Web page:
• sh33phead - June 17, 2011 2:30 a.m.

    Nice Article, been following the development for this game for about a year, will definitely be playing it! Recently replayed KOTOR to get ready for the release, but from the looks of things even a Christmas release date would be lucky. After all this time spent on it, I hope BioWare get it right. Take it from AoC and LOTRO, they learnt the hard way just how tough WoW is to move.
  • KolbitosFruitJuice - June 17, 2011 2:10 a.m.

    Gah, I'm a little torn. On the one hand, I'm digging the conversation system, the classes, the exploration, the story, the powers, replay value, graphics and exploration. On the other hand, the more I see of the combat, the more its looking like almost every other MMO. I understand it works for some, but for me, typical MMO combat a la WOW is just incredibly boring to me. If I can't get invested in the battles (where you see how well your leveling has paid off), then I don't think I can get into this game. Which is a shame, really. Because its looking to be a fantastic star wars game, just not for me. We shall see though, we shall see.
  • Icehearted - June 17, 2011 2:02 a.m.

    No. You can go ahead and shout about what a great repainted WoW experience this is, and I will still say I don't want WoW I want KotOR. Also, according to some leaked video I did see, the play and graphics are terrible, and I mean "worse than old as dirt WoW" terrible. 4 hours and what I saw was bad animating, really bad writing, and a lot of boring and repetitive number clicking, much like WoW. This article almost smells like thinly veiled advertising, but you guys would never stoop to being shills, right?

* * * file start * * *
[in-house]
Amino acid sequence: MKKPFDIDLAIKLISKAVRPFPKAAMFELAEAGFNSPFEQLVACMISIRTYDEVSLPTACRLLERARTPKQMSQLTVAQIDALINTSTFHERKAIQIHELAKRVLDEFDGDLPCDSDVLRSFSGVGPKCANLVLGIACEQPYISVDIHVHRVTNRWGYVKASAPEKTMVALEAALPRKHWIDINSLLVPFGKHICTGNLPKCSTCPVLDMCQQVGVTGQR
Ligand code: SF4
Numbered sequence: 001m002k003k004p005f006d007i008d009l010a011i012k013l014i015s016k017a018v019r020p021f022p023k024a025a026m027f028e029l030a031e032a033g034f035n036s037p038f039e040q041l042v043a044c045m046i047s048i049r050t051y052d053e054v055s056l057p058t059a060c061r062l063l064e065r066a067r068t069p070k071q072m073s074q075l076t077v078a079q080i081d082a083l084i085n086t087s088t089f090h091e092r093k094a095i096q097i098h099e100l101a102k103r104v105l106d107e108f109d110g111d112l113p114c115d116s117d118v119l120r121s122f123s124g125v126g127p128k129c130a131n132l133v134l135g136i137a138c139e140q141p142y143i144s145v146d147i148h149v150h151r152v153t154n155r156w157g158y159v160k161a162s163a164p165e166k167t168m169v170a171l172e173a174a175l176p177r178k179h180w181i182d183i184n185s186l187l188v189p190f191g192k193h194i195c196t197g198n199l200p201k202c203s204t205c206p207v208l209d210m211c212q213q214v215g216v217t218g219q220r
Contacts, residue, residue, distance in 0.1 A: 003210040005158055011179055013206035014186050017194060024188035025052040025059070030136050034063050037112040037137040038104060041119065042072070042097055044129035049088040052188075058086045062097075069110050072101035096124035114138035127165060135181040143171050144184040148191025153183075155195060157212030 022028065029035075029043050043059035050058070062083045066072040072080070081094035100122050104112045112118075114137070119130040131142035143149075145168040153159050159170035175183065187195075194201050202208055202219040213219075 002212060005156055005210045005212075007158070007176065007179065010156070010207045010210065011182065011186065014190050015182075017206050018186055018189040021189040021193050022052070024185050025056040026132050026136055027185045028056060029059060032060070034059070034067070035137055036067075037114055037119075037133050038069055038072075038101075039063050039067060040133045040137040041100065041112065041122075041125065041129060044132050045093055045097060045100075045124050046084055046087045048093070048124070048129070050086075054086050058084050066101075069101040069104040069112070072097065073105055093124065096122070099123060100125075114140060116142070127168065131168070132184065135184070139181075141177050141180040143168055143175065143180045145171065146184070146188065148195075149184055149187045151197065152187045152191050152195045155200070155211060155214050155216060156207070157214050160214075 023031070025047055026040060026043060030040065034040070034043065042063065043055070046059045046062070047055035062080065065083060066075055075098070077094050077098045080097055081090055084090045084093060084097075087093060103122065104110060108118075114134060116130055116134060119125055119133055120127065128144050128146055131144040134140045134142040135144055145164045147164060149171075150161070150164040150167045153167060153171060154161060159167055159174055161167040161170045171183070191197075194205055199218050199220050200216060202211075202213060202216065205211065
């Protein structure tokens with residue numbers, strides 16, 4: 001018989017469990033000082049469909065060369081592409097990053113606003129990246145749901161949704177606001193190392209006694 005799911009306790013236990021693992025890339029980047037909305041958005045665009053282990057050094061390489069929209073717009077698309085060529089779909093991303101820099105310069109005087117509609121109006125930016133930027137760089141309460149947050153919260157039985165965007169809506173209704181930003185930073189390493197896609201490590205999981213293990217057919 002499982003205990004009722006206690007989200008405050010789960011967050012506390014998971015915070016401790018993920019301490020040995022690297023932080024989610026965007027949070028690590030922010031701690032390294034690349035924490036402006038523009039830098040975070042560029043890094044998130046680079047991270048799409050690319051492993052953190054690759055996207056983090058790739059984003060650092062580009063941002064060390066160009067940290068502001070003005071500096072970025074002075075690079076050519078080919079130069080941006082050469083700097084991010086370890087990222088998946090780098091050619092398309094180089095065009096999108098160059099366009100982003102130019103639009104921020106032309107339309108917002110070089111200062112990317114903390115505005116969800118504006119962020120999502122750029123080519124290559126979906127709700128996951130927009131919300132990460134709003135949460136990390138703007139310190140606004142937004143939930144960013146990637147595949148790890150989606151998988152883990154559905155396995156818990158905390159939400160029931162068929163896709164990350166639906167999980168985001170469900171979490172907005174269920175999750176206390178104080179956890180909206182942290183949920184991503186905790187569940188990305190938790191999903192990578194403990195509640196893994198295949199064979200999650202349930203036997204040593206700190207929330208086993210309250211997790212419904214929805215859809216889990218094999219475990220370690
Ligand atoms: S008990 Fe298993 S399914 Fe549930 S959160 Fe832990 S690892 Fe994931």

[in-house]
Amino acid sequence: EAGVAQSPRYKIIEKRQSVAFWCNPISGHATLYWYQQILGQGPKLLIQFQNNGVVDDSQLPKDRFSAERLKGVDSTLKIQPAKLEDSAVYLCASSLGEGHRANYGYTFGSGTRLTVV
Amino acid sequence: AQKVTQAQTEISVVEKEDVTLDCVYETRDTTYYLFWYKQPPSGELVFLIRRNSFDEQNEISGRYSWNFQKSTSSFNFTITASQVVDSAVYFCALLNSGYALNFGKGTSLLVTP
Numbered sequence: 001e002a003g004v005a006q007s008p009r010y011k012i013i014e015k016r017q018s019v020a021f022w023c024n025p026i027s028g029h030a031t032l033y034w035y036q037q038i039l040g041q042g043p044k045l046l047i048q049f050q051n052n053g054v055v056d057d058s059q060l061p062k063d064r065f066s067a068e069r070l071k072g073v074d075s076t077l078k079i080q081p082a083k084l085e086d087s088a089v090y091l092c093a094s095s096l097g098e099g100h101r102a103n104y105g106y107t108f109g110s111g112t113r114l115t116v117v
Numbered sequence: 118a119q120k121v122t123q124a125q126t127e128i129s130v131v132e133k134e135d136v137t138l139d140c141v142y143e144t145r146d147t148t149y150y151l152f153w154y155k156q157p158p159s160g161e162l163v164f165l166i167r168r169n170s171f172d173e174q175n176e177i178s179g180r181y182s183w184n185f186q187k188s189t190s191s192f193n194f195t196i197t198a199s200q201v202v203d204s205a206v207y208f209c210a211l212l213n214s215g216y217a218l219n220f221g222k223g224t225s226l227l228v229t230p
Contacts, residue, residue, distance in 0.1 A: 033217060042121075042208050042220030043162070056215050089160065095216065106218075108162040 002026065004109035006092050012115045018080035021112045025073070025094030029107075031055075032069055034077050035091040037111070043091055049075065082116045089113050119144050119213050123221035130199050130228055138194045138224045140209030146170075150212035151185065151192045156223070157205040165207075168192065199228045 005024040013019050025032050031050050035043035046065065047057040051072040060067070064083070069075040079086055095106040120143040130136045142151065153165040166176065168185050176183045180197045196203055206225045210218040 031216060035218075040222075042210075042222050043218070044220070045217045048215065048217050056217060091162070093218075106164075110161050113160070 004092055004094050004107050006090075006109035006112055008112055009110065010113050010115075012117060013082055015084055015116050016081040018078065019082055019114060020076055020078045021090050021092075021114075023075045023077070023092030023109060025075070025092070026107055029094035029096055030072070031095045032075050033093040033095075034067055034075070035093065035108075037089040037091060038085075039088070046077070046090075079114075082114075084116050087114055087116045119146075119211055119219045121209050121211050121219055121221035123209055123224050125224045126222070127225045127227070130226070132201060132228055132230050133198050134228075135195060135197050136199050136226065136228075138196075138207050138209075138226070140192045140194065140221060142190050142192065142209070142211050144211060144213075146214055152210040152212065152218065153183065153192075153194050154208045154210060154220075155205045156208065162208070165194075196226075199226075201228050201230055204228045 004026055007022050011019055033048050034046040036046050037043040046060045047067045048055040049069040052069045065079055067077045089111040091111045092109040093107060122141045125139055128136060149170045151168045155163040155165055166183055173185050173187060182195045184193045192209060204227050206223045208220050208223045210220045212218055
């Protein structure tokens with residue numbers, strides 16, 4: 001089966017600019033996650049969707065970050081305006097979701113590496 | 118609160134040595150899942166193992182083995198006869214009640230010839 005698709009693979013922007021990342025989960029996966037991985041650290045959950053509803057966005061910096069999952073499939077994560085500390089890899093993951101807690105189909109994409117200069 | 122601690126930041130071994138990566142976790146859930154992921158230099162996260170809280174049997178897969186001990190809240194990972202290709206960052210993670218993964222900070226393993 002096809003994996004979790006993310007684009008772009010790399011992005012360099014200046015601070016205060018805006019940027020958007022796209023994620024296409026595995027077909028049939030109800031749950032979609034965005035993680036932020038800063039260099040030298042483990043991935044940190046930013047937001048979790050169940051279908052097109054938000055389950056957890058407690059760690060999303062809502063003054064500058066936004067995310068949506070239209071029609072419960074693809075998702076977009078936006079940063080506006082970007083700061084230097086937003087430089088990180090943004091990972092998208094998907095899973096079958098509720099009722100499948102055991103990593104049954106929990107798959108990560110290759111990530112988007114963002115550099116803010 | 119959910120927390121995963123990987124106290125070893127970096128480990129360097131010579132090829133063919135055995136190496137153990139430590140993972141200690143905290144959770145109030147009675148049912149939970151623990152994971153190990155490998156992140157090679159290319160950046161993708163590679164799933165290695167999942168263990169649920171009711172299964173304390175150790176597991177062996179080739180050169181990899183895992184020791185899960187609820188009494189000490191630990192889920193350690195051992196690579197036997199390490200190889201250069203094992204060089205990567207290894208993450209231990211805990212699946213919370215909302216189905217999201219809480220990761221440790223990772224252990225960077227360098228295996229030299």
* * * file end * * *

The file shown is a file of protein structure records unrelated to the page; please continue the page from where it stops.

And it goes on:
• shadowreaper72 - June 17, 2011 1:16 a.m.

    I would go bannas for this game........ if it came to the consoles lol.
  • Jasbro - June 17, 2011 12:56 a.m.

    @Erebus, it was annouced along time ago that it will be Pay2Play, just no pricing yet. @DoctorCraz, pretty sure it wont be to taxing for any PC, they are aiming to get this game playable on as many PC specs as possible, if you can run WoW im sure you will be good to go for ToR.
  • Jasbro - June 17, 2011 12:52 a.m.

    @Yeager No prices have been confirmed yet but its safe to asume it wont be more than $15 since thats the going rate atm for MMO's. I doubt it will "kill" WoW, but it sure as hell will give it some serious competition, and the only reason the buzz may have died down a bit is because of the waiting, as soon as they annouce a date then you will see the true buzz for this game.
  • DoctorCrazy - June 17, 2011 12:48 a.m.

    Soo, what's a computer going to need to be able to run this?
  • Erebus - June 17, 2011 12:46 a.m.

    Yeah they haven't detailed their pricing policy yet. Whether its free to play with micro transactions or a monthly subscription. I don't think they know yet themselves.
  • Yeager1122 - June 17, 2011 12:32 a.m.

    Looks really good but how much does it cost monthly?
  • Personamanxx - June 17, 2011 12:04 a.m.

    Only flaw to this game it appears is the fact that it's a PC exclusive MMO. I would kill for a console version. Preferably without it being an MMO too.
  • macbad - June 16, 2011 11:53 p.m.

    Btw @nickmallay its operations. And this is definitely a WoW killer. I was a player for 6 years now and it seemed to get very tiresome, so I getting pumped up for this game. Go Bioware!
  • Sinosaur - June 16, 2011 11:15 p.m.

    Dammit, Bioware, now I actually have to spend money on a computer that will be up to snuff.
  • Glides - June 16, 2011 10:51 p.m.

    This looks like the WoW killer. I can't wait.
  • snipes101 - June 16, 2011 10:50 p.m.

    I am sorry but I will never be bananas about an mmo. I have an extreme dislike for them. Sorry for taking up space on a post that will probably have a lot of MMO fans, but I just had to say it.
  • nickmallay - June 16, 2011 10:41 p.m.

    Hmm... " We also got to see a sneak preview of the game’s end-game raids, which are called. " Called what? Im so interested!!!